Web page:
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Chris Grayling: To ask the Secretary of State for Work and Pensions what the average pension paid from occupational pension schemes was in each year since 1997, expressed in real terms in 1997 prices. 
Information on the amount of occupational pension received by people of pension age since 1997 can be found in table 3.7 of the publication The Pensioners Incomes Series 2005/06 (Revised) which may be found in the Library.
To ask the Secretary of State for Work and Pensions what estimate he has made of the
number of children who would be lifted out of poverty if all households claimed in full their entitlement of council tax credit. 
Mr. Plaskitt: To date, around 200,000 children have been lifted out of poverty as a result of their households claiming council tax benefit. Just under 50,000 further children would be lifted out of poverty if all households claimed their full entitlement to council tax benefit.
We have put in place measures to ensure take-up is improved generally and this includes young families. For example, we have simplified the application process to ensure that families can claim council tax benefit in a combined process alongside claims for income support and jobseekers allowance. This means that they do not have to contact the council to make a separate claim for council tax benefit.
We have also run promotional campaigns in each of the last five years to increase awareness of council tax benefit. In March 2008, regional press advertising was used to promote uptake of council tax benefit, aimed at pensioners and people of working age, with greatest focus in areas where our data suggest take-up may be low. We also provided marketing materials promoting council tax benefit to local authorities to be included in council tax bills.
1. Households are defined as being in poverty if their income is less than 60 per cent. of the national median equivalised income level. Income here is measured on a before housing costs basis.
2. These figures have been derived using the Policy Simulation Model (PSM) which uses data from the Family Resources Survey (FRS). These are estimated indicative figures.
3. The PSM models the calculation of individual taxes and income-related benefit entitlement, by deriving detailed microdata from the latest available FRS.
4. The PSM models the current policy year (2007-08) using the latest FRS data (2005-06), by uprating the FRS to represent the appropriate policy year.
5. This estimated 50,000 is a relatively small change and should be treated with caution.
Andrew Selous: To ask the Secretary of State for Work and Pensions how much was spent from the Social Fund on (a) funeral costs and (b) doctors fees associated with funeral costs in the last three years for which figures are available.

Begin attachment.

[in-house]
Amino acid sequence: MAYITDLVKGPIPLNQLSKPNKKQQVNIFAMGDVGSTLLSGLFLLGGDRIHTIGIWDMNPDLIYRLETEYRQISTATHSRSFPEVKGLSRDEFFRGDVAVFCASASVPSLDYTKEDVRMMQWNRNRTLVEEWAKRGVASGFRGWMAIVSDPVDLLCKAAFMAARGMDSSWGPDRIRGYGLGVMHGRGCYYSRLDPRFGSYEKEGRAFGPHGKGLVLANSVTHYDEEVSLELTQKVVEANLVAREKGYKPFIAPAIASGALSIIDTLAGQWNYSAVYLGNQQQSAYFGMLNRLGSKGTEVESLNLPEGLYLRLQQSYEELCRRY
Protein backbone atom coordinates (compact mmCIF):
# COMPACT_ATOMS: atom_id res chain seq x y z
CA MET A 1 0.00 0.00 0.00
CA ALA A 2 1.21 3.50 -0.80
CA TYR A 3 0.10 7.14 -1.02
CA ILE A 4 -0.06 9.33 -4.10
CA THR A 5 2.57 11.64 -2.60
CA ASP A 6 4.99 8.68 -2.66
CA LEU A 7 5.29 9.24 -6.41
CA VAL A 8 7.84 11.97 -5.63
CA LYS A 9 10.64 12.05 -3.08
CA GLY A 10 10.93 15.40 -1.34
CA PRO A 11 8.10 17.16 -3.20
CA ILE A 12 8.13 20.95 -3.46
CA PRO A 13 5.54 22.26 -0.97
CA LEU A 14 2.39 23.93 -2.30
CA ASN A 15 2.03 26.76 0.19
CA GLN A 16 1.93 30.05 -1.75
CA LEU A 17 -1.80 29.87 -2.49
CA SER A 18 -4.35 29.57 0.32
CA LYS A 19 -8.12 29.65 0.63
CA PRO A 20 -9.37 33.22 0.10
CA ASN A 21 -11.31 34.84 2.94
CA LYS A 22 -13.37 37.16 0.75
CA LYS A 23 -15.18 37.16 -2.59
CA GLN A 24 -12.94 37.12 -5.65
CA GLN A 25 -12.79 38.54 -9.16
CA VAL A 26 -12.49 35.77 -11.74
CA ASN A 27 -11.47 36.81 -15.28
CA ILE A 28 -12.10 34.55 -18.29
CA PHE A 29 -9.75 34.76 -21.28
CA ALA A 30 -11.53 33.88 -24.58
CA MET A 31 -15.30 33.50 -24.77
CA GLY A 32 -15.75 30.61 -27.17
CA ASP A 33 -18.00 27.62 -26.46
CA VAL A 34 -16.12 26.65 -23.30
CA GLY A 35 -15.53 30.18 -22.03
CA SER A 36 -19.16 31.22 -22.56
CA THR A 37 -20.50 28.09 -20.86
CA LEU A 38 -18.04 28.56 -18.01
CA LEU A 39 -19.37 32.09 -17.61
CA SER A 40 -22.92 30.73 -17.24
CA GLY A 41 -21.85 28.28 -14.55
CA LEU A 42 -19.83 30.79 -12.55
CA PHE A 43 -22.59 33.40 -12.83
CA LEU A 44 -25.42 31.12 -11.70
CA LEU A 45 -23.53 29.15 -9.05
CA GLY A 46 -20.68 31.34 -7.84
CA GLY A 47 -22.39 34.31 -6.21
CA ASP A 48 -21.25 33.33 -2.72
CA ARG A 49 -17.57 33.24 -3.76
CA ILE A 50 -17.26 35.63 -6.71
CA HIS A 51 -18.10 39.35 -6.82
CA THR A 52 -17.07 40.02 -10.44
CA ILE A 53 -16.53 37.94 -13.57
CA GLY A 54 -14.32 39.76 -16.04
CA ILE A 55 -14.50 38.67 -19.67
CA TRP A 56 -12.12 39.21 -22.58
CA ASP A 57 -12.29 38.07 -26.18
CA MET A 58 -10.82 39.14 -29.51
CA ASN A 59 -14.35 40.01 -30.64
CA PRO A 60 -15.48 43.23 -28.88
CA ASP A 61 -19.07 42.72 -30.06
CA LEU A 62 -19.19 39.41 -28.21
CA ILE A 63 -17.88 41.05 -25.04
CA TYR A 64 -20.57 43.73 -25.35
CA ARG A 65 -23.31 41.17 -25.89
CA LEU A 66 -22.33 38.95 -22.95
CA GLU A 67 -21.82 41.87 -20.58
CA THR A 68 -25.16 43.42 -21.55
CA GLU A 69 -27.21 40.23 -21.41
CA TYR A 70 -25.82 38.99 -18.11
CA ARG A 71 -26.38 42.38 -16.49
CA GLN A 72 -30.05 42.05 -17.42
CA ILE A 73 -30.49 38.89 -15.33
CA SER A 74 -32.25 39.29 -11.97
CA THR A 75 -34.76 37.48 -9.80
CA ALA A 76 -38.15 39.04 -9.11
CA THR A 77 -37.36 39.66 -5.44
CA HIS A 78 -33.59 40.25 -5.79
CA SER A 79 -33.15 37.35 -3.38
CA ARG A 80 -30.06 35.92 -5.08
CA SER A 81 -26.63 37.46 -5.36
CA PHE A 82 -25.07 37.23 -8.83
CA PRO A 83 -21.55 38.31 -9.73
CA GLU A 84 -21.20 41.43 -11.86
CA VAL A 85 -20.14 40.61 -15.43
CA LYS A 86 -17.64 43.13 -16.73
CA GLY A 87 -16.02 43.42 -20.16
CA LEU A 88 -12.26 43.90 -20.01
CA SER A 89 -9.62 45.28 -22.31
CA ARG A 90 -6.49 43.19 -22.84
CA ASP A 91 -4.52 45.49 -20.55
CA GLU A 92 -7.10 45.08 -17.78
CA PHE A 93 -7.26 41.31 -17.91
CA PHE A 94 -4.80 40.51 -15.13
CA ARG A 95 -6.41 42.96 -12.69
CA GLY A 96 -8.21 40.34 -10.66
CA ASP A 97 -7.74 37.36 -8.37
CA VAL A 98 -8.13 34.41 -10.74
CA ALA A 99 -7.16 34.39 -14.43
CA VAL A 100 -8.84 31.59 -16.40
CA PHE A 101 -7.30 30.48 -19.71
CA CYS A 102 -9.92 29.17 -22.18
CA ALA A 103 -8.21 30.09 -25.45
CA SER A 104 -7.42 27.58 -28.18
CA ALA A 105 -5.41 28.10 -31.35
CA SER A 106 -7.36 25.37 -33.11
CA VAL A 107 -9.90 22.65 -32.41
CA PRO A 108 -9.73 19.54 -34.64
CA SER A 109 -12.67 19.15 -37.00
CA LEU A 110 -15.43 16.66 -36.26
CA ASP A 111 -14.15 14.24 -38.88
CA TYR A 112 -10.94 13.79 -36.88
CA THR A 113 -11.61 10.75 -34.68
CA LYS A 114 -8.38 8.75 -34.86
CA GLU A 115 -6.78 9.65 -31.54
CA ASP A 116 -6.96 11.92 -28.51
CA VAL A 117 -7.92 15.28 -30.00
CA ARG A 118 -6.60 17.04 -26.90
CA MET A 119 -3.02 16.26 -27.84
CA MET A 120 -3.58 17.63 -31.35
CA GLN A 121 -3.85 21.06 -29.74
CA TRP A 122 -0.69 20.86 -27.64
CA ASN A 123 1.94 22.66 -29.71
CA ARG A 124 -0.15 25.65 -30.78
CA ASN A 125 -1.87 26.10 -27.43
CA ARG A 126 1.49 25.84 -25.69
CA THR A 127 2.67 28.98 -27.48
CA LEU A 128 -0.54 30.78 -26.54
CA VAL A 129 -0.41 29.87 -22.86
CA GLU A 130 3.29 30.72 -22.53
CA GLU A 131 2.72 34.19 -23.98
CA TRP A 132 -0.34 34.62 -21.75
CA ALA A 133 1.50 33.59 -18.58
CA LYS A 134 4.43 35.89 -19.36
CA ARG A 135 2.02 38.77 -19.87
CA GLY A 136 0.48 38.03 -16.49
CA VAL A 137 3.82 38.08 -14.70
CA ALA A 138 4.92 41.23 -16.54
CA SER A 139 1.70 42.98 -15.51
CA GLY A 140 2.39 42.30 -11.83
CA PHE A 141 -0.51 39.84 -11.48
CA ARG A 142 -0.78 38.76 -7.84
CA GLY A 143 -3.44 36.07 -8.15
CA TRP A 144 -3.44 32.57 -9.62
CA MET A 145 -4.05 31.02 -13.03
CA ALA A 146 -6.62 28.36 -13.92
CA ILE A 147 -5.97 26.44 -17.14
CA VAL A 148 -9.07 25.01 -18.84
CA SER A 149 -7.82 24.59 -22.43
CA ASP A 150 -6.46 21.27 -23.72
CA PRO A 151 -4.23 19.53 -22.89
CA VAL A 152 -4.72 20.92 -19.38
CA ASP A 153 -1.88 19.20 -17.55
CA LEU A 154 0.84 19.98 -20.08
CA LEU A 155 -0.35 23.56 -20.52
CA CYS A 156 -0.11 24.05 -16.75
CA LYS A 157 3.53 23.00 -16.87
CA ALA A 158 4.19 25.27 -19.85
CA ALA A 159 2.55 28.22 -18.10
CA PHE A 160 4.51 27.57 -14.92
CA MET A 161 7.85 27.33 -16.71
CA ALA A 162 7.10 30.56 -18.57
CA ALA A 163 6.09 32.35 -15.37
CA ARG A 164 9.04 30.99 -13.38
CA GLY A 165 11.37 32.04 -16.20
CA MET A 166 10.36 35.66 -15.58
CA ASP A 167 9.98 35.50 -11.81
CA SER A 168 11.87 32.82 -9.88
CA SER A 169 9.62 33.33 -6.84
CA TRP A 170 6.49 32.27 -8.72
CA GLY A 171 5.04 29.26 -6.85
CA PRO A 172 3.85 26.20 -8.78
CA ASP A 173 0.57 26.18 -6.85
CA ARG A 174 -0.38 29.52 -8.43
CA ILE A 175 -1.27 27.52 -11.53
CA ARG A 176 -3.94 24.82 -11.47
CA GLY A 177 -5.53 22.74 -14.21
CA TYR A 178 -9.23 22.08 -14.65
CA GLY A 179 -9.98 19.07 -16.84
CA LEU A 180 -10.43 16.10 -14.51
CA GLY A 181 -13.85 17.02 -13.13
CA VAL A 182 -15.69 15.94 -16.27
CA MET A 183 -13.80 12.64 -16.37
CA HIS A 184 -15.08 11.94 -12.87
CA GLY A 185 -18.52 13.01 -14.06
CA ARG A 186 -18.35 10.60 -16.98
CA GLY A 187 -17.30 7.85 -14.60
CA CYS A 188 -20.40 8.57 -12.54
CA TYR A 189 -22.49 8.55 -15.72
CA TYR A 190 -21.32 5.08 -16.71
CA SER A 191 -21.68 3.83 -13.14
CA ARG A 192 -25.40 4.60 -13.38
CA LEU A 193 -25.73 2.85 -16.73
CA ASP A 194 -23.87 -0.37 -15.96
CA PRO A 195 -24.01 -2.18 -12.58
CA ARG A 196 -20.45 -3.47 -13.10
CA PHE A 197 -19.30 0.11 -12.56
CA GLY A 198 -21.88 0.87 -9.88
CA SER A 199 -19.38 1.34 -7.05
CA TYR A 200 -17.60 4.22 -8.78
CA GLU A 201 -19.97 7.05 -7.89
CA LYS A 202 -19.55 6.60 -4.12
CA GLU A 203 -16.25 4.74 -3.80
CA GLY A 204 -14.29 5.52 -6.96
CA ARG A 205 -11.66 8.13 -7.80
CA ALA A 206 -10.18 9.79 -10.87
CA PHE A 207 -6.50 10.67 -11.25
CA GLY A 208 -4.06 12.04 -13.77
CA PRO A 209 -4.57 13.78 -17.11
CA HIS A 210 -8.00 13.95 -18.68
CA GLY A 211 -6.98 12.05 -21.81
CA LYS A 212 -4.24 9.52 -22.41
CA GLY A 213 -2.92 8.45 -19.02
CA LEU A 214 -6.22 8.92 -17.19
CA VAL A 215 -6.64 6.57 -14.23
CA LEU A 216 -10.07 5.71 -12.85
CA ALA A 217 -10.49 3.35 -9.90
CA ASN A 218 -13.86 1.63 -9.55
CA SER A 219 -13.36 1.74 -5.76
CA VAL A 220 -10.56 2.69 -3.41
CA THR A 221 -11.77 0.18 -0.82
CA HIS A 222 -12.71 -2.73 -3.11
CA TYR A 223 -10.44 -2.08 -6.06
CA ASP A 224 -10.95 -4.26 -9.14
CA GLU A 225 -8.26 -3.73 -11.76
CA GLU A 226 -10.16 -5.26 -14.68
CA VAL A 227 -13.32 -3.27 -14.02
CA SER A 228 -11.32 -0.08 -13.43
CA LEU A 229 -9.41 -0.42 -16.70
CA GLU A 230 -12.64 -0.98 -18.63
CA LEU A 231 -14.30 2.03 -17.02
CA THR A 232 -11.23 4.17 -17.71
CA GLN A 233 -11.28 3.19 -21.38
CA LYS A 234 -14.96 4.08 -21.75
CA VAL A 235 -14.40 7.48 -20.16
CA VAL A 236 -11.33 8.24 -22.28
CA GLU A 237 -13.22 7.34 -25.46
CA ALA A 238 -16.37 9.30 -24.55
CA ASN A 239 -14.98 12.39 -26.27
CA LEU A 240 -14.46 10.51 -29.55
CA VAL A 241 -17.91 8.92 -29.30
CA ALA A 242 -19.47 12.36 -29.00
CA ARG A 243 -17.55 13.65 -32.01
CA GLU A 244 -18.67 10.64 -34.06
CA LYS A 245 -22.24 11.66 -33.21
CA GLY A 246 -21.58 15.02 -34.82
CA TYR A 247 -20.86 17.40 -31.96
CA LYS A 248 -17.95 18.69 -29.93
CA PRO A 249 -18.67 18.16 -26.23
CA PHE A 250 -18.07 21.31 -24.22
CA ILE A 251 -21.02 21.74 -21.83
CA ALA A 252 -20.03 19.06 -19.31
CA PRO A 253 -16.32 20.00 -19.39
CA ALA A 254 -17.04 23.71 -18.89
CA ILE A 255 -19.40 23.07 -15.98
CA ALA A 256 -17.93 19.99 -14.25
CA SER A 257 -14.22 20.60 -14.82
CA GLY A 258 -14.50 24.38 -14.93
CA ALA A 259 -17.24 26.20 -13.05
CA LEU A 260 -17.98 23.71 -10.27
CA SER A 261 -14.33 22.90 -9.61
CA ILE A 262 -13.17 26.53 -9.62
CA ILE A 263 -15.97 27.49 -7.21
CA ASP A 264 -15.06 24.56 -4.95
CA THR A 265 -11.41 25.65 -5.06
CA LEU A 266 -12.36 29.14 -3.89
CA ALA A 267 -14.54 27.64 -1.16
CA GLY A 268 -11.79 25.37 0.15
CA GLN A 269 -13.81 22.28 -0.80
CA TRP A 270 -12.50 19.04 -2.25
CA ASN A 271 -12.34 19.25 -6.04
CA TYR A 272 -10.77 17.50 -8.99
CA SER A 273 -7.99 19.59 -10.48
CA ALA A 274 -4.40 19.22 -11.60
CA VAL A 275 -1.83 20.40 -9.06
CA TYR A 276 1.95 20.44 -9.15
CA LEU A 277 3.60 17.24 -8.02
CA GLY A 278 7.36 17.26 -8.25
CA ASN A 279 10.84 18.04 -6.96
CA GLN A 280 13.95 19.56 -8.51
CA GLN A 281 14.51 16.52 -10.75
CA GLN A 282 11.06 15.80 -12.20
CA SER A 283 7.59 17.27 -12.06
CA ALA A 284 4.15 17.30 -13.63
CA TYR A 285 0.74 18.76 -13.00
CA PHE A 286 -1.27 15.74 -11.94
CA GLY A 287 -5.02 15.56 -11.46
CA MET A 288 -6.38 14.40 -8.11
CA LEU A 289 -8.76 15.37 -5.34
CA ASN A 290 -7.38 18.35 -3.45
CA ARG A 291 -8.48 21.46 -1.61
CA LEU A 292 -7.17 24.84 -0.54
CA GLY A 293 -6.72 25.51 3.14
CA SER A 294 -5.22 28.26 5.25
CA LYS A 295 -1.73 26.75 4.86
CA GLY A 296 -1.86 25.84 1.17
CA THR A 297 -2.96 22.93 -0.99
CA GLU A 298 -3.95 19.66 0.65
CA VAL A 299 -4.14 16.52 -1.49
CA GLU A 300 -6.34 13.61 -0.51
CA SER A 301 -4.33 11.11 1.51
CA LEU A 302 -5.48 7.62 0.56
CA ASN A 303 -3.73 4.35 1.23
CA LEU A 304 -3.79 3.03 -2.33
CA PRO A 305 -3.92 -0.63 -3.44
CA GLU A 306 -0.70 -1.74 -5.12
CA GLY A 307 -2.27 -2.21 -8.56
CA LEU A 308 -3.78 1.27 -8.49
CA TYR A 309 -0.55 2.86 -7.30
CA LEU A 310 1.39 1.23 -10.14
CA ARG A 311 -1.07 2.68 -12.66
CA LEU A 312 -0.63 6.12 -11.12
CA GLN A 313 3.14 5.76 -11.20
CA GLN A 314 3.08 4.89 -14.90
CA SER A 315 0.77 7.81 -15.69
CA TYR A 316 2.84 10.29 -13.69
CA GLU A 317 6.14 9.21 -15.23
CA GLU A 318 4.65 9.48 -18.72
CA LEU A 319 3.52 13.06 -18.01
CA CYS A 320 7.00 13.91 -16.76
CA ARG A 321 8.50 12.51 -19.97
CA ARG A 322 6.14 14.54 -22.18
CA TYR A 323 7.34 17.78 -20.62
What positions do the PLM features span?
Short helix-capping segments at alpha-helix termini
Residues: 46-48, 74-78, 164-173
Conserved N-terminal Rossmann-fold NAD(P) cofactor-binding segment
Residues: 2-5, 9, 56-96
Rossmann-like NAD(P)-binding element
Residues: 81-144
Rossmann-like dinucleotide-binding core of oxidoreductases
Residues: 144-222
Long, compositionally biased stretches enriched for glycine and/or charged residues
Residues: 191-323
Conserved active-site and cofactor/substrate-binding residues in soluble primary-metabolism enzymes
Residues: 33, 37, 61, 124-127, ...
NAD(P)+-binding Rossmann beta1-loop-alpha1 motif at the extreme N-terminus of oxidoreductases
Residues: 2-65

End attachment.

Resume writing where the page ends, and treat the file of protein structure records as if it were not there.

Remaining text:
|Total gross expenditure on social fund funeral payments in Great Britain|
|Expenditure (£ million)|
Figures are rounded to the nearest £0.1 million.
DWP Social Fund Policy, Budget and Management Information System.
Lynne Featherstone: To ask the Secretary of State for Work and Pensions (1) what the value of benefits stopped following investigation of reports to the Benefit Fraud Hotline was in each of the last five years for which figures are available, broken down by type of benefit; and if he will make a statement; 
(2) how many convictions for benefit fraud relating to each type of benefit were made arising from reports to the Benefit Fraud Hotline in each of the last five years for which figures are available; and if he will make a statement; 
(3) how many prosecutions for benefit fraud relating to each type of benefit were brought following investigation of reports to the Benefit Fraud Hotline in each of the last five years for which figures are available; and if he will make a statement; 
(4) how many cases of benefit fraud relating to each type of benefit arising from reports to the Benefit Fraud Hotline were formally investigated in each of the last five years for which figures are available; and if he will make a statement. 
|Benefit fraud hotline outcomes, Great Britain|
1. Figures from 2003 to 2007 include only FIBS (fraud information by sector) data on national benefit fraud hotline reports via telephone and internet.
2. 2007-08 figures also include FRAIMS (fraud referral and intervention management system) figures with the exception of convictions as this information is not yet available.
Mary Creagh: To ask the Secretary of State for Work and Pensions how much expenditure his Department incurred in the payment of benefits to individuals who have separated from their partner after a period of cohabitation in the latest period for which figures are available. 
Mr. Timms: Recipients of jobseekers allowance are not allowed to study or train full time while in receipt of that benefit. The 16-hour rule allows jobseekers allowance recipients to take up part-time study and training for up to 16 hours (the standard number of weekly guided learning hours for a full-time course funded by the Learning and Skills Council, the primary source of funding for further education in England), if they remain available for work and are actively seeking work. We are aware that many jobseekers allowance recipients take advantage of such part-time activities.